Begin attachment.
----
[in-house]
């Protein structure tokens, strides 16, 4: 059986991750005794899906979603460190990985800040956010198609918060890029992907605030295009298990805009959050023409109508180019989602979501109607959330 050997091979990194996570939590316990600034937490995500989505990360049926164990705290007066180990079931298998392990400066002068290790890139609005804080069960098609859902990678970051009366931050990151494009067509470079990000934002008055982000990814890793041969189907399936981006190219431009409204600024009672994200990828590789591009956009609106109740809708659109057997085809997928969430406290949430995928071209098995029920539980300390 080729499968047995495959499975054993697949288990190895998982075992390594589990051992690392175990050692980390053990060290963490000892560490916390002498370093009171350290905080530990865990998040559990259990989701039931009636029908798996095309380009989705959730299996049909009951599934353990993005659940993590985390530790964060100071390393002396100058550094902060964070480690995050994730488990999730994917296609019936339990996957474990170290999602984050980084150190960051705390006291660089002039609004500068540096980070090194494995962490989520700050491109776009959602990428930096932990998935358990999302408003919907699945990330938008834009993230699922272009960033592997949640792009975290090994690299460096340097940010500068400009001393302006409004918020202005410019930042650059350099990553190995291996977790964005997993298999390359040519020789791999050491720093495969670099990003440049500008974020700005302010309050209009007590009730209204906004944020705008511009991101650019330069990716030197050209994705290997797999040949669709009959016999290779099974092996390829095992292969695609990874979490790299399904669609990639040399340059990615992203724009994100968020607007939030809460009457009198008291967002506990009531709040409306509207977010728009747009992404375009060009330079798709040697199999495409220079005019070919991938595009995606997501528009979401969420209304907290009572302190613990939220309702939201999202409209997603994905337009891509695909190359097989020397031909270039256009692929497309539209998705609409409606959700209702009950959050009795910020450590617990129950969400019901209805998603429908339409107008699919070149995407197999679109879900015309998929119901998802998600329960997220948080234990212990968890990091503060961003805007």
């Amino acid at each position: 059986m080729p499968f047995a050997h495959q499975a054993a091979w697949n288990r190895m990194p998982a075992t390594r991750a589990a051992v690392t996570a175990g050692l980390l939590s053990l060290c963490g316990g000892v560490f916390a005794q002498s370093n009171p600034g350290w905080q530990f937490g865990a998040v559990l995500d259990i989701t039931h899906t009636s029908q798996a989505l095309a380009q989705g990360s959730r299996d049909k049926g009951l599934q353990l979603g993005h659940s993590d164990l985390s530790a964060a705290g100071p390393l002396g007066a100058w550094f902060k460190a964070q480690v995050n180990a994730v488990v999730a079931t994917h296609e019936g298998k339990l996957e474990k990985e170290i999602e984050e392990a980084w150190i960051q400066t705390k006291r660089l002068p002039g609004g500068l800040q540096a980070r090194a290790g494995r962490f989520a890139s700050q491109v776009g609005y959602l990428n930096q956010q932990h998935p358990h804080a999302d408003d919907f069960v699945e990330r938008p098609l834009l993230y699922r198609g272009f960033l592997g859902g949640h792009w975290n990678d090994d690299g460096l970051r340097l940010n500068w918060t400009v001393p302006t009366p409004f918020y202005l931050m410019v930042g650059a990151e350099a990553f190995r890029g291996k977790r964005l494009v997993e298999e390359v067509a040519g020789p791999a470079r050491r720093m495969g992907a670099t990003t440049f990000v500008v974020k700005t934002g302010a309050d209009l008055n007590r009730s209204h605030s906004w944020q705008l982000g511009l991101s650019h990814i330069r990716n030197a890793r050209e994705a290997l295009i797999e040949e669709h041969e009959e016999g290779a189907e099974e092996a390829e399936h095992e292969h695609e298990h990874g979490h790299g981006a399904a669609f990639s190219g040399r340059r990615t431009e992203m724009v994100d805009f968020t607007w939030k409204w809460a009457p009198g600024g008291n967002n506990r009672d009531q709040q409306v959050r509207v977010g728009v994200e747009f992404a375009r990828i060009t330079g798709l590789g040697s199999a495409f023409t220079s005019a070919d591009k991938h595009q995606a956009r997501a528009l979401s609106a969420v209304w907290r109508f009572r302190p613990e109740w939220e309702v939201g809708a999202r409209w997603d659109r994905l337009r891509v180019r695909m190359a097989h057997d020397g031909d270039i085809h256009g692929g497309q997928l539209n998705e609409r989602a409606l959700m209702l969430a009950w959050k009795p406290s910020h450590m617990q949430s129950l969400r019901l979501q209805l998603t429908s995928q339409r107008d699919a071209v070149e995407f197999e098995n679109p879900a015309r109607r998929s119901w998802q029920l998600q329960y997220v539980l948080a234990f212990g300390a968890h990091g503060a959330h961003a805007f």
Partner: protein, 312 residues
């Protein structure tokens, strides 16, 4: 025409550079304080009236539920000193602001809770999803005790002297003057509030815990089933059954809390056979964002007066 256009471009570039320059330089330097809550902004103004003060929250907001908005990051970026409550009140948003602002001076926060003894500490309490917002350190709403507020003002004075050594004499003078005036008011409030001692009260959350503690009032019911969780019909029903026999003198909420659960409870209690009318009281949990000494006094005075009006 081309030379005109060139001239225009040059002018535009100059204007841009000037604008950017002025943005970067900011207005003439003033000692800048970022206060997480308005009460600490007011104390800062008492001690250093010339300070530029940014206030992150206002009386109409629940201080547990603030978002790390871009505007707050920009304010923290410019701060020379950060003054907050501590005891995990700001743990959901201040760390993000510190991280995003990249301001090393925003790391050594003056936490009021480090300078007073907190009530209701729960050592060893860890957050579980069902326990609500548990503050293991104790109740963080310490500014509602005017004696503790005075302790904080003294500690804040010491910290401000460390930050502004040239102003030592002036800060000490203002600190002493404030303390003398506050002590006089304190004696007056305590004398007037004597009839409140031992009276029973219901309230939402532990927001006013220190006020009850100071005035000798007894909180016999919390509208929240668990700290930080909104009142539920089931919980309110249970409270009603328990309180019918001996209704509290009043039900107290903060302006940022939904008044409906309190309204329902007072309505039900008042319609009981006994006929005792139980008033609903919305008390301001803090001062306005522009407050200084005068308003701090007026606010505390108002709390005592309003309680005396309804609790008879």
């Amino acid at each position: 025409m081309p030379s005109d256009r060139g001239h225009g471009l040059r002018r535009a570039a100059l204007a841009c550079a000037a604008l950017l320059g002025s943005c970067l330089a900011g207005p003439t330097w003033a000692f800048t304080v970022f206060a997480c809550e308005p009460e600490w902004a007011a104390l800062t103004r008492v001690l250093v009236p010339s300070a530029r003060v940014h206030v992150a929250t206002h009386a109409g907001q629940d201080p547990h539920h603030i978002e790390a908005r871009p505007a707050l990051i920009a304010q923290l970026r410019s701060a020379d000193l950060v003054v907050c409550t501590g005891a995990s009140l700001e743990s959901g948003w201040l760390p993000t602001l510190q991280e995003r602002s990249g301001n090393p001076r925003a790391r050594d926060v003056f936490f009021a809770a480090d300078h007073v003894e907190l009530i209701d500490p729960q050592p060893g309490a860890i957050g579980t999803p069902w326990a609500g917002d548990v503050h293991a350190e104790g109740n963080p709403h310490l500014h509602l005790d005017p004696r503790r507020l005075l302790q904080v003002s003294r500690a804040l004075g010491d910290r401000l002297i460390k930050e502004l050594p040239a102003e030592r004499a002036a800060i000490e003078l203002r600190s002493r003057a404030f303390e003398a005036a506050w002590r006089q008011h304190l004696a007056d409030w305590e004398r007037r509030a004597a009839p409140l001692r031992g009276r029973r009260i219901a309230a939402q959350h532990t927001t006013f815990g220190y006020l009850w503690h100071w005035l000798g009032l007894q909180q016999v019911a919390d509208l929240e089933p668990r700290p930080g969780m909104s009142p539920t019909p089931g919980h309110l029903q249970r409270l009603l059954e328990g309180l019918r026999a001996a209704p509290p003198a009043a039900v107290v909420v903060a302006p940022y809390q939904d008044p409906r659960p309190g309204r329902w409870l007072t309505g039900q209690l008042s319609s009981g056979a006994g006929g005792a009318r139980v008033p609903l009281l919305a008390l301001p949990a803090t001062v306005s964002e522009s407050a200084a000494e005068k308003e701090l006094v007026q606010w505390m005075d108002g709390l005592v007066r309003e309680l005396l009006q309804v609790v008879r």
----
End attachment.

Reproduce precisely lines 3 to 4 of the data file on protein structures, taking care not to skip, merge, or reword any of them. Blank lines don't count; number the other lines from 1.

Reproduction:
């Amino acid at each position: 059986m080729p499968f047995a050997h495959q499975a054993a091979w697949n288990r190895m990194p998982a075992t390594r991750a589990a051992v690392t996570a175990g050692l980390l939590s053990l060290c963490g316990g000892v560490f916390a005794q002498s370093n009171p600034g350290w905080q530990f937490g865990a998040v559990l995500d259990i989701t039931h899906t009636s029908q798996a989505l095309a380009q989705g990360s959730r299996d049909k049926g009951l599934q353990l979603g993005h659940s993590d164990l985390s530790a964060a705290g100071p390393l002396g007066a100058w550094f902060k460190a964070q480690v995050n180990a994730v488990v999730a079931t994917h296609e019936g298998k339990l996957e474990k990985e170290i999602e984050e392990a980084w150190i960051q400066t705390k006291r660089l002068p002039g609004g500068l800040q540096a980070r090194a290790g494995r962490f989520a890139s700050q491109v776009g609005y959602l990428n930096q956010q932990h998935p358990h804080a999302d408003d919907f069960v699945e990330r938008p098609l834009l993230y699922r198609g272009f960033l592997g859902g949640h792009w975290n990678d090994d690299g460096l970051r340097l940010n500068w918060t400009v001393p302006t009366p409004f918020y202005l931050m410019v930042g650059a990151e350099a990553f190995r890029g291996k977790r964005l494009v997993e298999e390359v067509a040519g020789p791999a470079r050491r720093m495969g992907a670099t990003t440049f990000v500008v974020k700005t934002g302010a309050d209009l008055n007590r009730s209204h605030s906004w944020q705008l982000g511009l991101s650019h990814i330069r990716n030197a890793r050209e994705a290997l295009i797999e040949e669709h041969e009959e016999g290779a189907e099974e092996a390829e399936h095992e292969h695609e298990h990874g979490h790299g981006a399904a669609f990639s190219g040399r340059r990615t431009e992203m724009v994100d805009f968020t607007w939030k409204w809460a009457p009198g600024g008291n967002n506990r009672d009531q709040q409306v959050r509207v977010g728009v994200e747009f992404a375009r990828i060009t330079g798709l590789g040697s199999a495409f023409t220079s005019a070919d591009k991938h595009q995606a956009r997501a528009l979401s609106a969420v209304w907290r109508f009572r302190p613990e109740w939220e309702v939201g809708a999202r409209w997603d659109r994905l337009r891509v180019r695909m190359a097989h057997d020397g031909d270039i085809h256009g692929g497309q997928l539209n998705e609409r989602a409606l959700m209702l969430a009950w959050k009795p406290s910020h450590m617990q949430s129950l969400r019901l979501q209805l998603t429908s995928q339409r107008d699919a071209v070149e995407f197999e098995n679109p879900a015309r109607r998929s119901w998802q029920l998600q329960y997220v539980l948080a234990f212990g300390a968890h990091g503060a959330h961003a805007f």
Partner: protein, 312 residues